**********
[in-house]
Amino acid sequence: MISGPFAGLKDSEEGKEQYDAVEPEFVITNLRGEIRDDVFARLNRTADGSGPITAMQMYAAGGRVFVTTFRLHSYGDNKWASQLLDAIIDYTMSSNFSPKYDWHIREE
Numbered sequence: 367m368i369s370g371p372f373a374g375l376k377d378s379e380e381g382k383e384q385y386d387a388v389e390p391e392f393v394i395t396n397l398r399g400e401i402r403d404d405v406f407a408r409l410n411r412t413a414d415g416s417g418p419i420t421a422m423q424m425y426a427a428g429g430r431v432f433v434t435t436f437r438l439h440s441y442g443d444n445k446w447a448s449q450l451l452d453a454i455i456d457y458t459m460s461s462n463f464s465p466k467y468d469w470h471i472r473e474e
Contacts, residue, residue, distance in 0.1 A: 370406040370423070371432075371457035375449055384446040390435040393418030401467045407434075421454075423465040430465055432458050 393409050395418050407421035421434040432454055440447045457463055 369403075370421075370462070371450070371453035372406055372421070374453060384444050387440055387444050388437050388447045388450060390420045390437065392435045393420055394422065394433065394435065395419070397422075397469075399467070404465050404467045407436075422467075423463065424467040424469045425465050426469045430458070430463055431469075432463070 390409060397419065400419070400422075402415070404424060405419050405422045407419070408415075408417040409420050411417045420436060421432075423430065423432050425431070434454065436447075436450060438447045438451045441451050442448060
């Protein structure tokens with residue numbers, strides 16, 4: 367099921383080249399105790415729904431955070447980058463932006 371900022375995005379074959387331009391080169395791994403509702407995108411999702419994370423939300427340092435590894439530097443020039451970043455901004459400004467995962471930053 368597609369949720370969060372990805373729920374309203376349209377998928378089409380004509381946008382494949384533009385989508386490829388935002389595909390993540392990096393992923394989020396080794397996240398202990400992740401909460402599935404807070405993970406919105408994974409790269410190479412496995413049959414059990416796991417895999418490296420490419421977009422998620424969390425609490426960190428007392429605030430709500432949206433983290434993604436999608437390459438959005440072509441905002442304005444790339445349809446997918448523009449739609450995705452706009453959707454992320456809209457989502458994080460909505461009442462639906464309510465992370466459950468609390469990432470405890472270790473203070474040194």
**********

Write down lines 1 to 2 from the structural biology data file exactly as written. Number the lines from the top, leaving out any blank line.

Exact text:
[in-house]
Amino acid sequence: MISGPFAGLKDSEEGKEQYDAVEPEFVITNLRGEIRDDVFARLNRTADGSGPITAMQMYAAGGRVFVTTFRLHSYGDNKWASQLLDAIIDYTMSSNFSPKYDWHIREE